Alis is based on the real-life Dr. Alis Kennedy, likely the first Indigenous woman in Canada to get her private and commercial pilot’s licenses. I found out about Dr. Alis after I’d completed the ABCs of the book, and then was able to layer in her inspirational story in the bio. Dr. Alis has flown planes, but also is a veteran with a doctorate in psychology, who now dedicates her life to amazing volunteer causes around the world.
Is there a message in your book that you want readers to grasp?
I hope that little kids – especially girls – read the book and feel like aviation is a dream they can pursue. The illustrator, Kalpna Patel, did such an amazing job getting the people in her cut-paper art to reflect the incredible diversity we have in Canada and the US. The number of girls and people of colour in aviation is tiny, unfortunately – and I recently learned that only about 1% of all picture books feature Indigenous characters. I hope kids of all backgrounds see themselves reflected in this book!
How much of the book is realistic?
This book is 100% fact-based. It’s a nonfiction picture book that incorporates my years of aviation history research, but presents it in a colourful and quirky way to hopefully capture the imaginations of tykes and their grownups.
Do you have plans for your next book? Is it a sequel or a stand alone?
I have a few manuscripts in the works. The one I see following on from Alis the Aviator is a picture book biography of the pioneering Gwich’in pilot, Freddie Carmichael. We’ve known each other for ten years and it was incredible spending a week with him in Inuvik this past March working on the book. I can’t wait to share his story with the world!
Do you favor one type of genre?
I write across genres and audiences, which can be tricky from a branding perspective! So far I’ve published nonfiction for adults and kids, but I’ve got two novels in the works (a WW2 book and an upmarket contemporary novel). I’ve also been researching and writing a book about the Charles Camsell Indian Hospital that is part memoir and part history.
Do you plan your stories, or are you a seat of the pants style writer?
I’m a plantser – half and half. It really depends on the project. With my picture books, it’s like writing poetry or songs. I do a ton of research and thinking and then the first draft pours out of me in one or two sittings (with multiple rewrites and tweaks). With my adult popular histories it was easier to plan out ahead of time because I had most of the research done and they were chronological. But even then there were surprises! My novels and creative nonfiction are somewhere in the middle because they are largely based on research and real-life events.
What is your best marketing tip?
It’s also my best writing and life tip! Make friends. Join communities. Be a good literary citizen. Remember that high tides raise all ships.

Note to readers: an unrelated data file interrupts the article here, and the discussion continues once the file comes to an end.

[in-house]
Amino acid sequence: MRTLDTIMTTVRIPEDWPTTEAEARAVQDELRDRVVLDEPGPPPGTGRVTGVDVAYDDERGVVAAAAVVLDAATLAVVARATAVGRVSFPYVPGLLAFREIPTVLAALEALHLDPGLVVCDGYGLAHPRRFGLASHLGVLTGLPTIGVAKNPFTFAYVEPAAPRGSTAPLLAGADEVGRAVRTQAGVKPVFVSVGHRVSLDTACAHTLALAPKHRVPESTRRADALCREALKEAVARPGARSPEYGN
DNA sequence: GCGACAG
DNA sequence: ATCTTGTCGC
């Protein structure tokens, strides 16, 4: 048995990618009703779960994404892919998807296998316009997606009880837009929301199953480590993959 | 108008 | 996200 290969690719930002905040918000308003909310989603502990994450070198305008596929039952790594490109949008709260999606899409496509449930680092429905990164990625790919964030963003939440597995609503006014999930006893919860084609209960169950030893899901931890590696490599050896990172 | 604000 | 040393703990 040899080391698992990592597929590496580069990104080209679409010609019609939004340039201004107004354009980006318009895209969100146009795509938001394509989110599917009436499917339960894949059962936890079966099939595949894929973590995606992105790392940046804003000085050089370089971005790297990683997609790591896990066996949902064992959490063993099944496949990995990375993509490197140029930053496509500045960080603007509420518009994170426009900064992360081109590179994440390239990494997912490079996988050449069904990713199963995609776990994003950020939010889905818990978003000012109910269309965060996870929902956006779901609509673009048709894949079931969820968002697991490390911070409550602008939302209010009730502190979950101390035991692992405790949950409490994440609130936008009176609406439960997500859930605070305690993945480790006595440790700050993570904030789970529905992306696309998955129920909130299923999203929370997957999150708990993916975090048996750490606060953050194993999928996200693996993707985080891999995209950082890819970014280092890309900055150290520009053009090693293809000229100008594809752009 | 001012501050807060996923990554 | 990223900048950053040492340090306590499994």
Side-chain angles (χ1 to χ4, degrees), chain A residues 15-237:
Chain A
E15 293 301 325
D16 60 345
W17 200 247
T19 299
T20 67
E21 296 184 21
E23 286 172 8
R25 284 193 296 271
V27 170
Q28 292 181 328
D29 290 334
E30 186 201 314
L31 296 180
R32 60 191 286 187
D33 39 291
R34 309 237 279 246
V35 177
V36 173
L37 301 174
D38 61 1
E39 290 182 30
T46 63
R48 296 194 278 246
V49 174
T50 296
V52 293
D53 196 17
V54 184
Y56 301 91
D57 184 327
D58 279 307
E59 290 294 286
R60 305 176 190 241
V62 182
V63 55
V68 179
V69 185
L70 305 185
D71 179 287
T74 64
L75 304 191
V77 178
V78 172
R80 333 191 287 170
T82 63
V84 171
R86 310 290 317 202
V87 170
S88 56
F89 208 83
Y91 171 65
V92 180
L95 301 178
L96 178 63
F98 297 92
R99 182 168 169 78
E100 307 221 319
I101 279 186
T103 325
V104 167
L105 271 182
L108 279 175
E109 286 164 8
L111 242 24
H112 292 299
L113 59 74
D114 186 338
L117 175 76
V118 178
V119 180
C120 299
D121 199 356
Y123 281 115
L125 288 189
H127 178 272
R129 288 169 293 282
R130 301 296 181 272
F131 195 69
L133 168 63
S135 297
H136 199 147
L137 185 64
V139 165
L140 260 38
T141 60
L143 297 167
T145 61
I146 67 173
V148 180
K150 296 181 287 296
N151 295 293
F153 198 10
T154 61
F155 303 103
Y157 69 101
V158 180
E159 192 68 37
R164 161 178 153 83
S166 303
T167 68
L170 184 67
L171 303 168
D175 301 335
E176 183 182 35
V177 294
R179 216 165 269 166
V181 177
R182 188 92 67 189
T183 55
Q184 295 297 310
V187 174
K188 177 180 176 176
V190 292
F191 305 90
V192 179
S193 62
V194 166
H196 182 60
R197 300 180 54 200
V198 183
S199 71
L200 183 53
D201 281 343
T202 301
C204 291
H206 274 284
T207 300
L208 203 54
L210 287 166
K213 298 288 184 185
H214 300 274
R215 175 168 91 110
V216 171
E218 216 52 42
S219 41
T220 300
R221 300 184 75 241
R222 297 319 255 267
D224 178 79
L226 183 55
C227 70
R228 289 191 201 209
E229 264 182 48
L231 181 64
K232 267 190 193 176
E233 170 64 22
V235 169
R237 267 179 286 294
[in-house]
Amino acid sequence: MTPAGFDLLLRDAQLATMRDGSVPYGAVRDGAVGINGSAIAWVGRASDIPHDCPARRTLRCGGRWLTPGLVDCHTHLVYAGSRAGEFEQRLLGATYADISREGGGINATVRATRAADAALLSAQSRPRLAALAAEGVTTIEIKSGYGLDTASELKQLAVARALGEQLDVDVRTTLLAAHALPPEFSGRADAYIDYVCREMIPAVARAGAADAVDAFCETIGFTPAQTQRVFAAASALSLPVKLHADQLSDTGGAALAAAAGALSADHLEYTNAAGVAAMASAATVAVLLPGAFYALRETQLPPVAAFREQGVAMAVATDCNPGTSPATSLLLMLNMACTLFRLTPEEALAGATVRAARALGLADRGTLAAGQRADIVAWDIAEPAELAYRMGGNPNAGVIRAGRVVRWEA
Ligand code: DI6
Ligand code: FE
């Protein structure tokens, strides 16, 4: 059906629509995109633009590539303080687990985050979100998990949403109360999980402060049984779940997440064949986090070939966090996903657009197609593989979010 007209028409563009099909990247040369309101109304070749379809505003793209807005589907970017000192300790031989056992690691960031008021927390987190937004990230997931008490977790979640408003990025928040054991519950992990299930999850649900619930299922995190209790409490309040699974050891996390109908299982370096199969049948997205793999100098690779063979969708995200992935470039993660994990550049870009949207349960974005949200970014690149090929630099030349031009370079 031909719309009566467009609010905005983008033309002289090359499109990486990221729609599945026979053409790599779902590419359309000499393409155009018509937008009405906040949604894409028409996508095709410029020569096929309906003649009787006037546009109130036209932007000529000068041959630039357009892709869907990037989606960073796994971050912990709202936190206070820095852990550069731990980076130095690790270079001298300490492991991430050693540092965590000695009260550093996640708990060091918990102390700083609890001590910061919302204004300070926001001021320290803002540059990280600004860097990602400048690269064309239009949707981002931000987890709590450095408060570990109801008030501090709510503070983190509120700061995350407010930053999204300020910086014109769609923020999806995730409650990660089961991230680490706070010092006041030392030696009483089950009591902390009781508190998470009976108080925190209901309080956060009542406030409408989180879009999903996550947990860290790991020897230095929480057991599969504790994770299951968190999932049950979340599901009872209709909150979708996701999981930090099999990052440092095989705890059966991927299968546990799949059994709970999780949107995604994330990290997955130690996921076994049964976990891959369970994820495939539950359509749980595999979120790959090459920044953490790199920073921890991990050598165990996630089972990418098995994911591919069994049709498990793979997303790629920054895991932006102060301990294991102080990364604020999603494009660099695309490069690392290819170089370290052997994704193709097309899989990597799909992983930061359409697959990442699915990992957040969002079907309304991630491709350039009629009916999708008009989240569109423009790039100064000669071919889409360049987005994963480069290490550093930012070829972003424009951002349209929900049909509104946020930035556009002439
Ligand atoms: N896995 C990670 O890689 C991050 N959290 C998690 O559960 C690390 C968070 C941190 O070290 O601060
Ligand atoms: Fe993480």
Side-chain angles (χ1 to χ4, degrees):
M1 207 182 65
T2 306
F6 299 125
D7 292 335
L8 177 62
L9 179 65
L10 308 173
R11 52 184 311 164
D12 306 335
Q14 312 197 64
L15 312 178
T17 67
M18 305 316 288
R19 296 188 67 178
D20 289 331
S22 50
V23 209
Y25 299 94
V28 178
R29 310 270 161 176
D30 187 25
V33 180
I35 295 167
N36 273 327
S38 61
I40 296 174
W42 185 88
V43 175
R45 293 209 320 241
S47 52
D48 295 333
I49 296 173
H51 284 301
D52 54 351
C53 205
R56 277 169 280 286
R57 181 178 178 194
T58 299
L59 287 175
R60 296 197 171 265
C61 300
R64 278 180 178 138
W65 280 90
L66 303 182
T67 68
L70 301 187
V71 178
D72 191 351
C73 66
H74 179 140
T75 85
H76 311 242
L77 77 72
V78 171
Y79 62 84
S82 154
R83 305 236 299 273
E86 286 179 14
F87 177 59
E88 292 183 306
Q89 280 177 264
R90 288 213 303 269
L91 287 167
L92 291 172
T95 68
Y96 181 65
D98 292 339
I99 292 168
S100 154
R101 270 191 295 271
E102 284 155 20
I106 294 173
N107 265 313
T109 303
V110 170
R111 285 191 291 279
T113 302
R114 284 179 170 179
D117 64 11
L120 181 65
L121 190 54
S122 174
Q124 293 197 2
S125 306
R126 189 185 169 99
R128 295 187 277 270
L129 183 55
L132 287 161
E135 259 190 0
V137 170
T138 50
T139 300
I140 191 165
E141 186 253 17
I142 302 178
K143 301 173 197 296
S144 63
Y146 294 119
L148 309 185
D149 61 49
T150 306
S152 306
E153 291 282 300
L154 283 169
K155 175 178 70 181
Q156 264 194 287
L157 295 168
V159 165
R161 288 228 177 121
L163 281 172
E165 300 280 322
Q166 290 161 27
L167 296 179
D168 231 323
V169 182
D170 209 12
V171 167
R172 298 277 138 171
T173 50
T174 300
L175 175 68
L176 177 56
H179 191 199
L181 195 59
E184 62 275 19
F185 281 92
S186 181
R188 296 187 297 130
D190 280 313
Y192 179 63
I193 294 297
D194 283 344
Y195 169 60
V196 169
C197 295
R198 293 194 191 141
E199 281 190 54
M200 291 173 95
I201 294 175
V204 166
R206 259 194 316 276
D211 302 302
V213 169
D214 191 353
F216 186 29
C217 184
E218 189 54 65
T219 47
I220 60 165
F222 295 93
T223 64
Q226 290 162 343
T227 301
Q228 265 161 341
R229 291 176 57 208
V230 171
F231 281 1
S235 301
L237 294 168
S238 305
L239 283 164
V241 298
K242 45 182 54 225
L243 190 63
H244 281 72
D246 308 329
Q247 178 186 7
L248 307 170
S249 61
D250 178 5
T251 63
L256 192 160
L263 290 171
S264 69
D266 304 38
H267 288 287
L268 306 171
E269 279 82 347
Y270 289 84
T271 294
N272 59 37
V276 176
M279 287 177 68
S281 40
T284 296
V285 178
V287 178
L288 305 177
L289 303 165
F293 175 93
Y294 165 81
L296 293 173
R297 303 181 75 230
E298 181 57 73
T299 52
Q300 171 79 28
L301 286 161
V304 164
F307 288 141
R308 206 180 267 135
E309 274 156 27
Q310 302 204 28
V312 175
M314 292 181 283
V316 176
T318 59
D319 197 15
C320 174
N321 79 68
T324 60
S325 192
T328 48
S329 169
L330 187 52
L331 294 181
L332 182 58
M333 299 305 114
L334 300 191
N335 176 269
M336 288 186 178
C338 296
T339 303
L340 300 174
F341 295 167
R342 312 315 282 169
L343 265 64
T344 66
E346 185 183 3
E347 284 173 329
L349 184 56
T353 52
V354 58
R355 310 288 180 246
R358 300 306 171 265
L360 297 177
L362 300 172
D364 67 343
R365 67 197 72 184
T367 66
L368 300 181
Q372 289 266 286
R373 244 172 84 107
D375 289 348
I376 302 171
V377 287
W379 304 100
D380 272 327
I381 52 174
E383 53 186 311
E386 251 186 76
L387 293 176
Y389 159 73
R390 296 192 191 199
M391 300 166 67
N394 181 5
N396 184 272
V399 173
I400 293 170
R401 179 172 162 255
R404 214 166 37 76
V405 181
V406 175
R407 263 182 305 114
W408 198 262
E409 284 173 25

Do you find social media a great tool or a hindrance?
A little of column A and a little of column B. Or a lot of each, actually. Social media has been a great way to connect with people around the world – especially as I move around so much. I learn so much through those channels as well. At the same time, it can have a toxic quality to it full of judgment, comparison and shaming. I find if I think about it too much it can have a silencing effect, because I worry too much about what other people will think of me. And, like the news, it can be devastating and overwhelming, so I have to be careful how much I take in.
What do you enjoy most about writing?
It’s hard to pick just one! While it’s true that sometimes it can make me cry with how challenging it can be, with how exposed I feel, there are those times when I’m in the flow and it’s like all is well. I’m in alignment. My words come out and I feel that maybe I will be understood and seen.
What age did you start writing stories/poems?
My parents saved the clippings from when I was a kid – so there’s (often embarrassing) proof that I was scribbling little stories and poems from a young age. I created a little zine in my neighbourhood with friends when I was in elementary school and then was co-editor of a school newspaper in middle school. I think I published my first letter to the editor in the Ottawa Citizen in Grade 8 – then I was totally hooked on bylines!
Has your genre changed or stayed the same?
I have jumped all over the place – poetry, fiction, nonfiction, kidlit and freelance writing for magazines and newspapers. They all feed into each other in interesting ways, I’ve noticed, and taught me different lessons. Freelancing was excellent discipline for hitting deadlines and pitching ideas, and not taking edits personally.
Do you belong to a writing group? If so which one?
I belong to several writing organizations: the Writers Union of Canada, Creative Nonfiction Collective, and the Society for Children’s Writers and Illustrators. I was a member of the Writers Guild of Alberta for five years and it was excellent – I still miss it! I’ve created two critique groups since moving to Houston. One is online-only and focuses mostly on creative nonfiction. Members span from Canada to California to Texas. The other one is in-person here in Houston. I realized it’s not natural for me to write in a cave all the time!
Do you see writing as a career?
Actually, I see it as more of a compulsion. A job you can quit. This is forever. My son (who is now 7 years old) asked me the other day, “Mama, will you ever stop writing?” And I told him, “As long as the stories and ideas keep coming, I’ll keep writing.”
Where can readers find you on social media and do you have a blog?
If readers would like to connect with me, they can find me at my website (www.daniellemc.com), and on social media: @Danielle_Author on Twitter, @dmchenail on Instagram, and Danielle Metcalfe-Chenail on Facebook. I also have a blog dedicated to my Camsell Hospital research, www.ghostsofcamsell.ca.